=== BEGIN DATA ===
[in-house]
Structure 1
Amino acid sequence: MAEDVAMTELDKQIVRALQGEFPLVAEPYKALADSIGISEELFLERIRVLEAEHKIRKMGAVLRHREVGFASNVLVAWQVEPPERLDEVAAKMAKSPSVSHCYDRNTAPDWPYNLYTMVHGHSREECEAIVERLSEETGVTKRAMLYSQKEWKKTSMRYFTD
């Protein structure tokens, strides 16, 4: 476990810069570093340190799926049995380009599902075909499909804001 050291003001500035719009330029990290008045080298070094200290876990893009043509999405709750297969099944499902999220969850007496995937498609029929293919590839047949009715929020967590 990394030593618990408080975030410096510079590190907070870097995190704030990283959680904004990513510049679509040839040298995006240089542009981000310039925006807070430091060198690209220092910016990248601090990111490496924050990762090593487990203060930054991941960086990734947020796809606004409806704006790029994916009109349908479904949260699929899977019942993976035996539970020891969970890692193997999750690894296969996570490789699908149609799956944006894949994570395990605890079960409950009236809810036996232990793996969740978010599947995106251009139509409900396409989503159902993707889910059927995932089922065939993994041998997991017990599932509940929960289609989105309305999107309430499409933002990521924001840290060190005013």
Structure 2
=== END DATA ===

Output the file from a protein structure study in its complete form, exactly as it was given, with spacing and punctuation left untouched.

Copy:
[in-house]
Structure 1
Amino acid sequence: MAEDVAMTELDKQIVRALQGEFPLVAEPYKALADSIGISEELFLERIRVLEAEHKIRKMGAVLRHREVGFASNVLVAWQVEPPERLDEVAAKMAKSPSVSHCYDRNTAPDWPYNLYTMVHGHSREECEAIVERLSEETGVTKRAMLYSQKEWKKTSMRYFTD
């Protein structure tokens, strides 16, 4: 476990810069570093340190799926049995380009599902075909499909804001 050291003001500035719009330029990290008045080298070094200290876990893009043509999405709750297969099944499902999220969850007496995937498609029929293919590839047949009715929020967590 990394030593618990408080975030410096510079590190907070870097995190704030990283959680904004990513510049679509040839040298995006240089542009981000310039925006807070430091060198690209220092910016990248601090990111490496924050990762090593487990203060930054991941960086990734947020796809606004409806704006790029994916009109349908479904949260699929899977019942993976035996539970020891969970890692193997999750690894296969996570490789699908149609799956944006894949994570395990605890079960409950009236809810036996232990793996969740978010599947995106251009139509409900396409989503159902993707889910059927995932089922065939993994041998997991017990599932509940929960289609989105309305999107309430499409933002990521924001840290060190005013």
Structure 2